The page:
Brief History of the Proposed Dams
on the Tributaries of the Upper Sacramento
by Donna Boyd
To set the scene:
In 2001 California is in a HUGE energy mess as eletricity suppliers manipulate the market. Governor Davis is signing long-term very high-profit contracts with energy suppliers. This makes small-scale hydroelectric generation lucrative….
July 2001 Richard Williamson, developer from the Bay Area, applies to the Federal Energy Regulatory Commission (FERC) for a preliminary permit to build dams on the Middle and South forks or the Upper Sacramento. FERC opens a 60-day comment period for the public to have input on the projects.
August 2001 Local community works together to protest these projects. There are several meetings, articles in the paper and even a website is created. Over 200 personal letters and a petition with 400 signatures are gathered. FERC required that each letter be sent with 8 copies attached. Several individuals donated money for postage and a local business donated the copies. By the end of the comment period several huge packages are delivered to FERC containing letters in protest of the dams. Additionally, Siskiyou County takes an official stand against the projects.
September 2001 Mr. Williamson holds a public meeting in Mt. Shasta to discuss the project and answer the public’s questions. Over a hundred individuals and many government agencies attend. Lavada Erickson and a planner from Siskiyou Co. come to express their concerns. Employees from the US Forest Service, CA Fish and Game, and US Fish and Wildlife all came to listen. Local community groups such as the River Exchange, California Trout, and the Mt Shasta Bioregional Ecology Center attend.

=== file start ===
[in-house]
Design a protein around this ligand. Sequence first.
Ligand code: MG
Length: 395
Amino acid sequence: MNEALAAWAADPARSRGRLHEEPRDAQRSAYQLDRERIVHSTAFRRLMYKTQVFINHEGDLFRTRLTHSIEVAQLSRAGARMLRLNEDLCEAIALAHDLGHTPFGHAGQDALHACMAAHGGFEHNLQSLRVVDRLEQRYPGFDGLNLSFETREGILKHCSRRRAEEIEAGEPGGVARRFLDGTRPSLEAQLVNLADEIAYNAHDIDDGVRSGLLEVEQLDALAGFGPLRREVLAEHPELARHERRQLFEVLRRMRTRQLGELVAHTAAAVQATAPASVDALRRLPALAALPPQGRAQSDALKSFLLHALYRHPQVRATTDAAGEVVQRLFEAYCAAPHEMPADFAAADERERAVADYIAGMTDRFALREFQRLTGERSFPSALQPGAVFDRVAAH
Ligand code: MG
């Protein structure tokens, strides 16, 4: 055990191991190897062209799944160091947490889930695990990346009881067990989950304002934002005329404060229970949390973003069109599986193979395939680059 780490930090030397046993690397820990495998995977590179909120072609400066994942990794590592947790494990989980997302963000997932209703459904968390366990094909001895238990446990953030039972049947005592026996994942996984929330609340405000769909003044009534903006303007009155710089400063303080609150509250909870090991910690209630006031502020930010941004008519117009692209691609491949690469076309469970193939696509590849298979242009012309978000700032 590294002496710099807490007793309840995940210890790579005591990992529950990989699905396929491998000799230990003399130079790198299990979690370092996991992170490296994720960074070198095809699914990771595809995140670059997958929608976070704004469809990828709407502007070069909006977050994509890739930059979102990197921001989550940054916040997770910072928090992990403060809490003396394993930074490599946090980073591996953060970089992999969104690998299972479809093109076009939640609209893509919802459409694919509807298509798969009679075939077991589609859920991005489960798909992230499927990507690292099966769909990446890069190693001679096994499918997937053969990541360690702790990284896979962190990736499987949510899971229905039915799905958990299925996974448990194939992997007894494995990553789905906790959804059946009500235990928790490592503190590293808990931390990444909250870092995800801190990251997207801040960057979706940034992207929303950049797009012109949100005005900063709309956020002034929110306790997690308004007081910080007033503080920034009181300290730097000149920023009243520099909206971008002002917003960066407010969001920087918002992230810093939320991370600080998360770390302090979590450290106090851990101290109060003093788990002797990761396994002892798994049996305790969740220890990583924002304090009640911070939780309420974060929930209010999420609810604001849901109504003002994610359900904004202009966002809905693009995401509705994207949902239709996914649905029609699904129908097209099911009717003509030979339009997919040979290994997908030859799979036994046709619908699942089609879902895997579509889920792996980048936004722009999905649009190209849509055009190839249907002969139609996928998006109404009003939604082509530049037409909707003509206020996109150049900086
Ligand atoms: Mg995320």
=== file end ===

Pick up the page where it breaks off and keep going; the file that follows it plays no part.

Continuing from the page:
The public comments are overwhelmingly against the project. All over the room people hold up small papers with “NO DAMS” in big letters. Mr. Williamson receives a complete set of copies of the protest letters sent to FERC.
FERC issues the preliminary permits. This triggers a second 60-day comment period with regards to the scientific study work that must be done to determine the impact of these projects should they be built.
October 2001 The Upper Sacramento River Exchange and California Trout jointly host a public information evening. Curtis Knight from California Trout describes the FERC Hydroelectric Licensing process and identifies when and how the public can comment/participate in the decision making. Lavada Erickson and several Siskiyou County staff people including planners, lawyers, etc. come to explain the counties position and how they are involved. Letters are sent requesting the feasibility studies give weight to the impact on the local environment and the community.
November 2001-the study comment period ends. Mr. Williamson now has three years from July 2001 to complete the study work and submit his license application.
Now, the scene changes:
California’s energy “crisis” is over and the high dollar contracts are no longer available. This makes small Scale hydroelectric generation a much riskier investment….
Spring/Summer 2002 Mr. Williamson fails to do any study work and misses a reporting deadline with FERC
August 2002 FERC notifies Mr. Williamson of his failure to report and gives him 30 days to respond. Mr. Williamson does not respond.
September 2002 FERC issues an order canceling the permits.